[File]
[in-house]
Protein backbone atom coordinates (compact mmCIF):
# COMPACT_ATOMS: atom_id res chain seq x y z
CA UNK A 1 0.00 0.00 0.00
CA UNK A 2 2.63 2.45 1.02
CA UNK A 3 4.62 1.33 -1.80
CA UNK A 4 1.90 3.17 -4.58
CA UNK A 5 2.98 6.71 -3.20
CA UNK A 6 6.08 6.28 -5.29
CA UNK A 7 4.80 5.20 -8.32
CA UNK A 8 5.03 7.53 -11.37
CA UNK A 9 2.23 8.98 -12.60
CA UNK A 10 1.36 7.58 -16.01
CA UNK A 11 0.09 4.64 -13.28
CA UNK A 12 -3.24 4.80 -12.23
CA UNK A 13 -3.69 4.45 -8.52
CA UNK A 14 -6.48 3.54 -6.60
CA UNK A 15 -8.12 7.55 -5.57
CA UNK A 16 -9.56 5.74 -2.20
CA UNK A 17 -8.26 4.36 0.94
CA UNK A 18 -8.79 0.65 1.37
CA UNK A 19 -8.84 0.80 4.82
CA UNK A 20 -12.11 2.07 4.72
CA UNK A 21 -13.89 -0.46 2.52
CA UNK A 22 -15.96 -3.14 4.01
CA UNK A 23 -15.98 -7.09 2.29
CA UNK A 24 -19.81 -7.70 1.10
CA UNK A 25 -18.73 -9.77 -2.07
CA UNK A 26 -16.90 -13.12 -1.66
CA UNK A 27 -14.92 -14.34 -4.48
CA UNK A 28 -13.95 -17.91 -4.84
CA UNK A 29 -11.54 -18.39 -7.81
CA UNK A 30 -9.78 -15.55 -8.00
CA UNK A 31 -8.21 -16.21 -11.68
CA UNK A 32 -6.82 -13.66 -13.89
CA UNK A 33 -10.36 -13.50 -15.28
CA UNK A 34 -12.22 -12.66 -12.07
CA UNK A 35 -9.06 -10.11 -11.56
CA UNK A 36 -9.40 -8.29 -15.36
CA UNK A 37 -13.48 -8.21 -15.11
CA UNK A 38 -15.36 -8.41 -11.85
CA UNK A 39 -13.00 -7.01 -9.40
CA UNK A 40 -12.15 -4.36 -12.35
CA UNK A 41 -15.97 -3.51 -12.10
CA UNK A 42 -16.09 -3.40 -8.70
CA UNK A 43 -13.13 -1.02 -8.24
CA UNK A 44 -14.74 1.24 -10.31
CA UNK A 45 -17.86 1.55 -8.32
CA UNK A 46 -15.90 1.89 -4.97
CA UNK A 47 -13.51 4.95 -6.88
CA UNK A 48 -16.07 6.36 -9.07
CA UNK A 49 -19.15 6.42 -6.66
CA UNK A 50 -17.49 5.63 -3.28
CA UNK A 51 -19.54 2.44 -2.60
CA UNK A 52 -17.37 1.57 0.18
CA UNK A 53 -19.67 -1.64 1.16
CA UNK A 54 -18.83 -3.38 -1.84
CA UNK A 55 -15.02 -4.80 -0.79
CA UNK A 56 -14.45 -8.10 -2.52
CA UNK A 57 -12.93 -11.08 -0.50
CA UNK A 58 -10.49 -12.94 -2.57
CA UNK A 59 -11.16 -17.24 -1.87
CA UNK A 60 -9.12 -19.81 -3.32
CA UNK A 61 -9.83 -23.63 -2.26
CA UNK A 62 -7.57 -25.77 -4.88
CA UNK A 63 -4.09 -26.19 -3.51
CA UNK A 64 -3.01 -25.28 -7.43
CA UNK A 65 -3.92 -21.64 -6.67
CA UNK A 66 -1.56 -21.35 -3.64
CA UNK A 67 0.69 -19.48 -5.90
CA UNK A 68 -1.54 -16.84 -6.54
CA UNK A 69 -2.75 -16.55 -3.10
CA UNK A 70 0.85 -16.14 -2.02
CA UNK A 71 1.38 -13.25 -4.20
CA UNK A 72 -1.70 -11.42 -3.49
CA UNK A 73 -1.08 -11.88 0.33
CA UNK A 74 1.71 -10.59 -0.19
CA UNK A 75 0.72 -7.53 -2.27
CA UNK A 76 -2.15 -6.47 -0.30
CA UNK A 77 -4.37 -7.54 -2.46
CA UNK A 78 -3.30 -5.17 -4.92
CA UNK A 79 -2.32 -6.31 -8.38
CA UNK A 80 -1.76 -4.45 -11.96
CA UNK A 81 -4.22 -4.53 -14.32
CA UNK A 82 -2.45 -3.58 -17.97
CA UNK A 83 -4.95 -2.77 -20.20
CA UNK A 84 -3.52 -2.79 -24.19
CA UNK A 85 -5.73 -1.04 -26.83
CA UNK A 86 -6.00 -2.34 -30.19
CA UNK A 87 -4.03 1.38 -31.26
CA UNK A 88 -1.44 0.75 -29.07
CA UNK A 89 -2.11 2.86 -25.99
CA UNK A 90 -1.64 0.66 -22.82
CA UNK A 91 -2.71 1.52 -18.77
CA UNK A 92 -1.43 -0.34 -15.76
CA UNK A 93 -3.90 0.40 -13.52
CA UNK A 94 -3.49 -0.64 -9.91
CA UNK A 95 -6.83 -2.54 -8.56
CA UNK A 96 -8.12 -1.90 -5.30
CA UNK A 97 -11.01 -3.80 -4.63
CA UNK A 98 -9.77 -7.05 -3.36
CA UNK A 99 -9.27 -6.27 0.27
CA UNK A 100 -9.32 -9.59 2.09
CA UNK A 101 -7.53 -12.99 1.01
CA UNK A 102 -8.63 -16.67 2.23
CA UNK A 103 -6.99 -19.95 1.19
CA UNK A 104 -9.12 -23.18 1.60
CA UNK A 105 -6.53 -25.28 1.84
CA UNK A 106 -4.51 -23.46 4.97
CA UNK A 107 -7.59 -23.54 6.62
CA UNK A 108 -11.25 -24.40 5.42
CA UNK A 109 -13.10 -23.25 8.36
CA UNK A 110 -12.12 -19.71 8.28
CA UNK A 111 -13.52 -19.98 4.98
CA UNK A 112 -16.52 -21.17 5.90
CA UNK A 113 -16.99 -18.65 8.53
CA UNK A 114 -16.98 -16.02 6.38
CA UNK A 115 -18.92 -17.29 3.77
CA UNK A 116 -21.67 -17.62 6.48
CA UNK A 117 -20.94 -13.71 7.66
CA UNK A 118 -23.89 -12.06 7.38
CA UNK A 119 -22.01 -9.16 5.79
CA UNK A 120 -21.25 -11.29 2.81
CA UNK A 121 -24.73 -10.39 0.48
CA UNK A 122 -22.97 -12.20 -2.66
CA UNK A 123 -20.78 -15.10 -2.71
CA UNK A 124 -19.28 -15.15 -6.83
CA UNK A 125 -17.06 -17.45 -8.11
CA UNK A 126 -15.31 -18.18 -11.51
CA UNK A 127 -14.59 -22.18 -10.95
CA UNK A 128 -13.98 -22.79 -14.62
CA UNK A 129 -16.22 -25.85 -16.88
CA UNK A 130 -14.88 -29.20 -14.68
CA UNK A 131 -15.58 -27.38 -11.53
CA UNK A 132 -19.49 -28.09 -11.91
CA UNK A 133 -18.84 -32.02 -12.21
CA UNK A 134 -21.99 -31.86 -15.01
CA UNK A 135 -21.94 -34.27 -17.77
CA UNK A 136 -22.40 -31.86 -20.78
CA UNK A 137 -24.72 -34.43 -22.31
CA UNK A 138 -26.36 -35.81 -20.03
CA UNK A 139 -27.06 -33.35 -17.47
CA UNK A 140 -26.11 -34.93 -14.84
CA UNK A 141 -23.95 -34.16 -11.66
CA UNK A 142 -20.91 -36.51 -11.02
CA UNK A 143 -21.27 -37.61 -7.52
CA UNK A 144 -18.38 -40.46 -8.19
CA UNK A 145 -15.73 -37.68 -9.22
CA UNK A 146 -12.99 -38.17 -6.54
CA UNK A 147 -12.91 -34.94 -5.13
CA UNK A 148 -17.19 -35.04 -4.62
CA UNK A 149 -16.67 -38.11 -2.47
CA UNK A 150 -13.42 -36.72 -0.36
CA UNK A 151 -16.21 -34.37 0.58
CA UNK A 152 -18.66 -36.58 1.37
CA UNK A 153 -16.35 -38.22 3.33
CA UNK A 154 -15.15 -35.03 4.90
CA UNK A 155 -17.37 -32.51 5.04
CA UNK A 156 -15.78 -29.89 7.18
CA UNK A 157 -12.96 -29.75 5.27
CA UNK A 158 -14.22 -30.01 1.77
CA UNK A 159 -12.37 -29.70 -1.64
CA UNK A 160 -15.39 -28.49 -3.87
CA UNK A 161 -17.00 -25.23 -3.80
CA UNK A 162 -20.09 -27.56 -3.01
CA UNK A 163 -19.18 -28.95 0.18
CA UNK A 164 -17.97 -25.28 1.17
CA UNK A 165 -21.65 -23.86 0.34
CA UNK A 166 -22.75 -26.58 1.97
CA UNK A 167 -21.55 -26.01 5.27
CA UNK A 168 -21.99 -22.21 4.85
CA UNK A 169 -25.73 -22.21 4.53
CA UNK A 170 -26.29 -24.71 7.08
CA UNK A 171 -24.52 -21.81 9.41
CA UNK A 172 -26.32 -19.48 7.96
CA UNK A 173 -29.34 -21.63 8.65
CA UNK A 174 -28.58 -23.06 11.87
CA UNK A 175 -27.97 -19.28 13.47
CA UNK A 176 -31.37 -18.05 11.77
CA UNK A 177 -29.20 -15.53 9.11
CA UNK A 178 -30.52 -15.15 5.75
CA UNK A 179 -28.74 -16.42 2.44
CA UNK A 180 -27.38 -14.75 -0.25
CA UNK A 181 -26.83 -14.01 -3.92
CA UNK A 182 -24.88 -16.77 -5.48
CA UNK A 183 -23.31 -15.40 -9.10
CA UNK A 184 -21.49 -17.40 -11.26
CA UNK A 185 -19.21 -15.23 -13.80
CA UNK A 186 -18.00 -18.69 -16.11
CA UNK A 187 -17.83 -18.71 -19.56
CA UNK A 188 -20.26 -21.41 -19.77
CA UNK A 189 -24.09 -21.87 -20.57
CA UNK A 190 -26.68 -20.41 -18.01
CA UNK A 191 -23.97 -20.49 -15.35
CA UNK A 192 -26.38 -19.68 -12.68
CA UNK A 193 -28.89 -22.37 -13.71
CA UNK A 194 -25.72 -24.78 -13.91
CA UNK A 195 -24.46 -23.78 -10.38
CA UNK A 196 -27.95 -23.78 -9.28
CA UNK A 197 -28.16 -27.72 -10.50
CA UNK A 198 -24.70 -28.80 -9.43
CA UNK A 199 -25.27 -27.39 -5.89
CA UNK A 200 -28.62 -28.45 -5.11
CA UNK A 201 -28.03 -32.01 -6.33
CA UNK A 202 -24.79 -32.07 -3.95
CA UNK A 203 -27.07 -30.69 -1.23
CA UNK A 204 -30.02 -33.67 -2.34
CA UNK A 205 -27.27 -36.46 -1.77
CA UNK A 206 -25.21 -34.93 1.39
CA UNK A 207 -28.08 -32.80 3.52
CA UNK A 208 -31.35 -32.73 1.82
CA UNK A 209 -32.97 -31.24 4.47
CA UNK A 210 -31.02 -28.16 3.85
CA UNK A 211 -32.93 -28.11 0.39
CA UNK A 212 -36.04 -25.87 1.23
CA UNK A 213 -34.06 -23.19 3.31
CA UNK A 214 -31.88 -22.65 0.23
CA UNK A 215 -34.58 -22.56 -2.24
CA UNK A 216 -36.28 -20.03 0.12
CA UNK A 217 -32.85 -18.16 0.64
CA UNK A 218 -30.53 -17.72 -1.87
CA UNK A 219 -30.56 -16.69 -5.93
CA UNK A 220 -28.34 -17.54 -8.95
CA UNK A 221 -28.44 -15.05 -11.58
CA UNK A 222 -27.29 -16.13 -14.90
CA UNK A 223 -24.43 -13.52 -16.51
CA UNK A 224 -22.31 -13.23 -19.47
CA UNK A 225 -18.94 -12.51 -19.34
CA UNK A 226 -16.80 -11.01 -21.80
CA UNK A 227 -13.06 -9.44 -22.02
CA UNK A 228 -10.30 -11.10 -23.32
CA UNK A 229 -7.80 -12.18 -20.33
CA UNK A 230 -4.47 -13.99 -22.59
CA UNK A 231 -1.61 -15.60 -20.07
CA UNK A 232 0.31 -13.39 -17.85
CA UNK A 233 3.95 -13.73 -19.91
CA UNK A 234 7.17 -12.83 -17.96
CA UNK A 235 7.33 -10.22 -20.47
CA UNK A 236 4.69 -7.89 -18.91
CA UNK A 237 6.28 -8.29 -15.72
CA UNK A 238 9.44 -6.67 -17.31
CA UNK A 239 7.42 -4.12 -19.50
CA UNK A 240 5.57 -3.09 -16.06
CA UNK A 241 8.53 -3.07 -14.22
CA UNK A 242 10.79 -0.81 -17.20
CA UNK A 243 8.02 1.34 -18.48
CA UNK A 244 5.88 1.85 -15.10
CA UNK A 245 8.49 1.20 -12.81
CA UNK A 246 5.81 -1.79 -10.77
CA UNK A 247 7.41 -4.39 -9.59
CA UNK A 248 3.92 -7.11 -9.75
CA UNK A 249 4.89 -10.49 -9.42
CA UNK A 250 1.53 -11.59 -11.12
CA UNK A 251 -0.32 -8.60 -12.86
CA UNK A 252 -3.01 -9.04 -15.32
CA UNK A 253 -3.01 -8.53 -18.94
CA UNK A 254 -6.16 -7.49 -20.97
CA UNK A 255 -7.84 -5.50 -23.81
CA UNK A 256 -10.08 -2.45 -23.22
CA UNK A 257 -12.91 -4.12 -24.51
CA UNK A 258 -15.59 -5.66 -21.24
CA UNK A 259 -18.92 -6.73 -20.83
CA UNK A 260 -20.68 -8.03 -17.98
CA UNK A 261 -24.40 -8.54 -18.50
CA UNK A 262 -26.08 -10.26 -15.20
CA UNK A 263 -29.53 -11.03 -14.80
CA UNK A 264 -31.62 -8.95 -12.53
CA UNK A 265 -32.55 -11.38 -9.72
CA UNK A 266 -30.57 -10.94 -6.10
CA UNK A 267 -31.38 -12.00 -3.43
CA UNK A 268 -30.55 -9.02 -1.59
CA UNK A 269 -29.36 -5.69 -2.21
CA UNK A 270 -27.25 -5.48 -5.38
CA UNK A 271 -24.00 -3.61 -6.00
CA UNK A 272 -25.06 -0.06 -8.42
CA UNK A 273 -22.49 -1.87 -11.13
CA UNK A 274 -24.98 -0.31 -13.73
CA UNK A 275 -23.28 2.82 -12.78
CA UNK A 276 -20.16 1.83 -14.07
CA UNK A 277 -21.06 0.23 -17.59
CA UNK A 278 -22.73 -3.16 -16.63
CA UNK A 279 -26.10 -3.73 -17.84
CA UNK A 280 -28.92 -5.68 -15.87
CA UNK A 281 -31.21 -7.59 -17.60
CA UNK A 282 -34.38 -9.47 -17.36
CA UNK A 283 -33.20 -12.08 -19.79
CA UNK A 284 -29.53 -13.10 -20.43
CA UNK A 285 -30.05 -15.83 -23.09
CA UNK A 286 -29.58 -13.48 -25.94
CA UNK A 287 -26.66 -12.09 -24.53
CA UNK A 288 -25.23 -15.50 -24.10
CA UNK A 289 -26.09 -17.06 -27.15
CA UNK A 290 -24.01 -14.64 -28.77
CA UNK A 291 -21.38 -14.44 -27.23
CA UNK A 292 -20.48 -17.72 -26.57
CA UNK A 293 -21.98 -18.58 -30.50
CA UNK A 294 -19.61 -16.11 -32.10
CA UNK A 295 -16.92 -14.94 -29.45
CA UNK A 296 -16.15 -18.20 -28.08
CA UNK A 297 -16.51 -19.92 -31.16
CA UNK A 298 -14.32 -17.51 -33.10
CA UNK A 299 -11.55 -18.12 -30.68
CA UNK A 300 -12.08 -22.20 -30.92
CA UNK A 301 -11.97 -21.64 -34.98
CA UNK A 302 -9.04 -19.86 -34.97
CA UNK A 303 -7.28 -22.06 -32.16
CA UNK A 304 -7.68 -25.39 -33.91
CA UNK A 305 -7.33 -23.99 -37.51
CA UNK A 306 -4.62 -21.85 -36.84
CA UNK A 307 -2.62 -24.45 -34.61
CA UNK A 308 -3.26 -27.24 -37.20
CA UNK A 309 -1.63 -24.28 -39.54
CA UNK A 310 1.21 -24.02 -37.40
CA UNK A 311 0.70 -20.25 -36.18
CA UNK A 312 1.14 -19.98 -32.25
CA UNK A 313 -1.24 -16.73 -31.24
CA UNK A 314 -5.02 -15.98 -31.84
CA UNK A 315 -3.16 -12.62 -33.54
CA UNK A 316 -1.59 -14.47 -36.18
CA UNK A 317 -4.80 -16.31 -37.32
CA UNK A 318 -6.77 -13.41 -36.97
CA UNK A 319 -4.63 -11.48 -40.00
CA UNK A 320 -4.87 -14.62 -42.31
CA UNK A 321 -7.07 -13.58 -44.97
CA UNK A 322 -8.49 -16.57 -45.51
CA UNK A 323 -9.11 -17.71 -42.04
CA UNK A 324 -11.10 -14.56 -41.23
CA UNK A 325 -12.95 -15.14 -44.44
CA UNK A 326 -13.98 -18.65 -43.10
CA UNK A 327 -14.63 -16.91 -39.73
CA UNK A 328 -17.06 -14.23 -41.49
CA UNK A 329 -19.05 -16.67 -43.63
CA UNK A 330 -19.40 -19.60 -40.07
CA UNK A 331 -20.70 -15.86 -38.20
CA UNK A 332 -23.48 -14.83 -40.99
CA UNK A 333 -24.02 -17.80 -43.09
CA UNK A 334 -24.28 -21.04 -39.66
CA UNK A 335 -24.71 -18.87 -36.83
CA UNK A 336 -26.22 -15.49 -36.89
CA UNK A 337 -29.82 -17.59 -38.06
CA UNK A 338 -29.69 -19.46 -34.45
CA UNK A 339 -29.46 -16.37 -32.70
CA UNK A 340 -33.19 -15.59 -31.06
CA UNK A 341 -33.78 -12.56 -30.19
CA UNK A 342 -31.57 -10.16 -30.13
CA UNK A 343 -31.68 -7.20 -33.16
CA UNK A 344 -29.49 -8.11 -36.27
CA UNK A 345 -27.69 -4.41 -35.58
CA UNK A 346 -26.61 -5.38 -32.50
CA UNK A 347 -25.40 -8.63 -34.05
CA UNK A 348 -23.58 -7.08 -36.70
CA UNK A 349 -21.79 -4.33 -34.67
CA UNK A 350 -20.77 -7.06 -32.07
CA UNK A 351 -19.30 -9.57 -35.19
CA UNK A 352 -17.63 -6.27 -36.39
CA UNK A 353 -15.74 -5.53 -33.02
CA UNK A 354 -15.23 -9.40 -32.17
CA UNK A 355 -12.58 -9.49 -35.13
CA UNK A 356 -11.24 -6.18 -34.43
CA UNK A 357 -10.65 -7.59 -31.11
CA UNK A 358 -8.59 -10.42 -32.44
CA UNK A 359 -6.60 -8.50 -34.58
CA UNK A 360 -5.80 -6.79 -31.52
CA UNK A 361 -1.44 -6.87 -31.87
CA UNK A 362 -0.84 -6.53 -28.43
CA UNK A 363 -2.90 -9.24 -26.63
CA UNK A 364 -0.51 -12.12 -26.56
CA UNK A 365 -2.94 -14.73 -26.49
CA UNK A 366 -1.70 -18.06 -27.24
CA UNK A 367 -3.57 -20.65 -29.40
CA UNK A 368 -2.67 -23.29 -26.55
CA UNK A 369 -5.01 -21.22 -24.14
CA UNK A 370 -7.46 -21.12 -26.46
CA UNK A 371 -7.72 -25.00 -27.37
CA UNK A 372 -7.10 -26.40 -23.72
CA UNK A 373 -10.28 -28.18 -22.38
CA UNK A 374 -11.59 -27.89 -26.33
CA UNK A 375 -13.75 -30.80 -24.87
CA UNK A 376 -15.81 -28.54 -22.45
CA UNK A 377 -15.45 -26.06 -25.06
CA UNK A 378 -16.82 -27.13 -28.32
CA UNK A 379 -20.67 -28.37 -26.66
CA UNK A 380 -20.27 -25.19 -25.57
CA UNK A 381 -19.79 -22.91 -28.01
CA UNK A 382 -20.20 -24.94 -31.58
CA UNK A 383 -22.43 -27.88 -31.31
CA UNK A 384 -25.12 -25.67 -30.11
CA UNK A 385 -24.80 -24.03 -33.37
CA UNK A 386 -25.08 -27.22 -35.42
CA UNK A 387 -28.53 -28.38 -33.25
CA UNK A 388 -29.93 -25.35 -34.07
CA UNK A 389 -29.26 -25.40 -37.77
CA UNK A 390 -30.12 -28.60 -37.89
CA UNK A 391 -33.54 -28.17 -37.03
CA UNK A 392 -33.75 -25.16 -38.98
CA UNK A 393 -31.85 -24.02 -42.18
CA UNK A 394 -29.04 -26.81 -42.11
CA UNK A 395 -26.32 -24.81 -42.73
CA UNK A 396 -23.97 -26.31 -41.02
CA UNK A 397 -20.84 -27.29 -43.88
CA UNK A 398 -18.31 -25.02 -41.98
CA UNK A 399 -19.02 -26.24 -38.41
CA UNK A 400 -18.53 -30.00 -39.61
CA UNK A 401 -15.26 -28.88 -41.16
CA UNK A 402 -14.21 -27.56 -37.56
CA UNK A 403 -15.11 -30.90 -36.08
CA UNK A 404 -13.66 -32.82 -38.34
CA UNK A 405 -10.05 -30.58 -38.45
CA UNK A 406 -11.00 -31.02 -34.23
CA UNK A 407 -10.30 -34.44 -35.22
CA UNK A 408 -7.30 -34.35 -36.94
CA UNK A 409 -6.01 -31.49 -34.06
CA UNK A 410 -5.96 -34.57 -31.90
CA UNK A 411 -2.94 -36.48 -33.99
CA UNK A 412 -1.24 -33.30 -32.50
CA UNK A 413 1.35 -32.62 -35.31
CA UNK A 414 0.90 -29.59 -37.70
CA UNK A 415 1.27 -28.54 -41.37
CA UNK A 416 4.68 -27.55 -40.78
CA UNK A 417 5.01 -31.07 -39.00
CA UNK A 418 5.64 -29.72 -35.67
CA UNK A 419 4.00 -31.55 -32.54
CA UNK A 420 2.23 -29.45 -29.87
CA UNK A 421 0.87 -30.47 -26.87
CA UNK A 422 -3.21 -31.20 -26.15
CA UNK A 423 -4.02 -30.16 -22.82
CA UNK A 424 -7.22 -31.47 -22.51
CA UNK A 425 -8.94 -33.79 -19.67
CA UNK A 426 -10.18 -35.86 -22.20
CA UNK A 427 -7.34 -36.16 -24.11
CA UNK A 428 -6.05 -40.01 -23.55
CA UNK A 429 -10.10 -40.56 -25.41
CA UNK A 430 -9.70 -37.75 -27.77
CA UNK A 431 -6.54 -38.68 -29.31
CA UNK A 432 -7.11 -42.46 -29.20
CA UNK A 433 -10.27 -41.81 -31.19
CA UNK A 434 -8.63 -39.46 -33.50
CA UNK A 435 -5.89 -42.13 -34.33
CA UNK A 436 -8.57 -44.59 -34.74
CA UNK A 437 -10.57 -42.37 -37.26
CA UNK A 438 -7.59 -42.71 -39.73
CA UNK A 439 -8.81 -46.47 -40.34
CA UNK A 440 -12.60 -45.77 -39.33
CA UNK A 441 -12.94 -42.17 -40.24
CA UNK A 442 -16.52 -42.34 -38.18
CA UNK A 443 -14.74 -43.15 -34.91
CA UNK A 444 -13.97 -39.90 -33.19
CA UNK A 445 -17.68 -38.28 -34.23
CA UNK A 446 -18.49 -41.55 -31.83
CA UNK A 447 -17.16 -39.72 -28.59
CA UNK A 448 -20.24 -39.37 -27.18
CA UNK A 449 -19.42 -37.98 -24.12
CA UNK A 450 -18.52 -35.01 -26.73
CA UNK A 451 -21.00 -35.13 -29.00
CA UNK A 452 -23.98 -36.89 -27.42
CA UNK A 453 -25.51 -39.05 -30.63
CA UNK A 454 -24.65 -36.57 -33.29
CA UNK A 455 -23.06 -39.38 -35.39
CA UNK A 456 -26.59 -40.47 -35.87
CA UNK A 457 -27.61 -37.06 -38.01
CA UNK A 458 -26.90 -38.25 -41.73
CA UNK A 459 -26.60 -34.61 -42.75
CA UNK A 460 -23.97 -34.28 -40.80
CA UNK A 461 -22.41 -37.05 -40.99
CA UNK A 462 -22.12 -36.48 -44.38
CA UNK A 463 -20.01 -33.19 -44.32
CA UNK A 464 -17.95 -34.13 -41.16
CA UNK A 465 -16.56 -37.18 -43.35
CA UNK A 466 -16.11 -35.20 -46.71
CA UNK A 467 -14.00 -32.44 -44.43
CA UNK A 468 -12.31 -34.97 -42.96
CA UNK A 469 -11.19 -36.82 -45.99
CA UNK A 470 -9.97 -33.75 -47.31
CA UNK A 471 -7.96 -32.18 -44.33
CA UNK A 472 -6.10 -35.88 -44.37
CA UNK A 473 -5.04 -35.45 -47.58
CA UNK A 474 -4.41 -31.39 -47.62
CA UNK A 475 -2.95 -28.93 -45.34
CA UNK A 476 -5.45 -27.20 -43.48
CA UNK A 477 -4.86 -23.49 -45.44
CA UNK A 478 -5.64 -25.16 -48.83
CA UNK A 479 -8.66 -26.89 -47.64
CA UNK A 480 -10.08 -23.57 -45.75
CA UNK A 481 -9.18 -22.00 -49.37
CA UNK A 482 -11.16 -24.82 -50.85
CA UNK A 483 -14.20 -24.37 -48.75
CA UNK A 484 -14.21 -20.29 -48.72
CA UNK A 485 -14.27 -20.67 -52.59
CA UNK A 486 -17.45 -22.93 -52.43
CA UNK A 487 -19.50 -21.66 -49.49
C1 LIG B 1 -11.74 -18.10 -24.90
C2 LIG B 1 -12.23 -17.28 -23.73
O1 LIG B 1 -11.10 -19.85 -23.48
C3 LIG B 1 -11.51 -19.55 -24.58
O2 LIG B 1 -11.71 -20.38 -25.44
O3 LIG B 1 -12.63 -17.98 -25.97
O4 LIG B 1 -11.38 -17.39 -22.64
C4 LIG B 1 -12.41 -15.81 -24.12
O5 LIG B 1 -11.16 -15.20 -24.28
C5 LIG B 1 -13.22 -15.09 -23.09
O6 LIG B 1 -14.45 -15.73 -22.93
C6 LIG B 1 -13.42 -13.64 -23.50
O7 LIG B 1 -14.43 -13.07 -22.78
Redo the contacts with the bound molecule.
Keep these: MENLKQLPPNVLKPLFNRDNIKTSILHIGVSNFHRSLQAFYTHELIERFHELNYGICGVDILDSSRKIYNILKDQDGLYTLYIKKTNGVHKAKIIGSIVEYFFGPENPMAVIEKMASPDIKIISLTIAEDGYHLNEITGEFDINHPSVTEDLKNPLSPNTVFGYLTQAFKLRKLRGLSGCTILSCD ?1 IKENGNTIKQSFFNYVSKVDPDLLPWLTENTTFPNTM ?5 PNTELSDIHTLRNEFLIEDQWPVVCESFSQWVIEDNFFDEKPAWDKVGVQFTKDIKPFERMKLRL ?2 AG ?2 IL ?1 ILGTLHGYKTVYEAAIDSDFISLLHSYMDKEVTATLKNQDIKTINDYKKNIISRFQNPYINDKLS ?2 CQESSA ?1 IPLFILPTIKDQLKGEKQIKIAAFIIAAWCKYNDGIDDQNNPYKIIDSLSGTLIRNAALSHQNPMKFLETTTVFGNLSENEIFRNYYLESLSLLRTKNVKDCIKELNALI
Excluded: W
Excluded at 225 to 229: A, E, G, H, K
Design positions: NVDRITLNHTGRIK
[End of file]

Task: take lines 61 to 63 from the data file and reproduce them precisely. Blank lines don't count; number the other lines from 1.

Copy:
CA UNK A 58 -10.49 -12.94 -2.57
CA UNK A 59 -11.16 -17.24 -1.87
CA UNK A 60 -9.12 -19.81 -3.32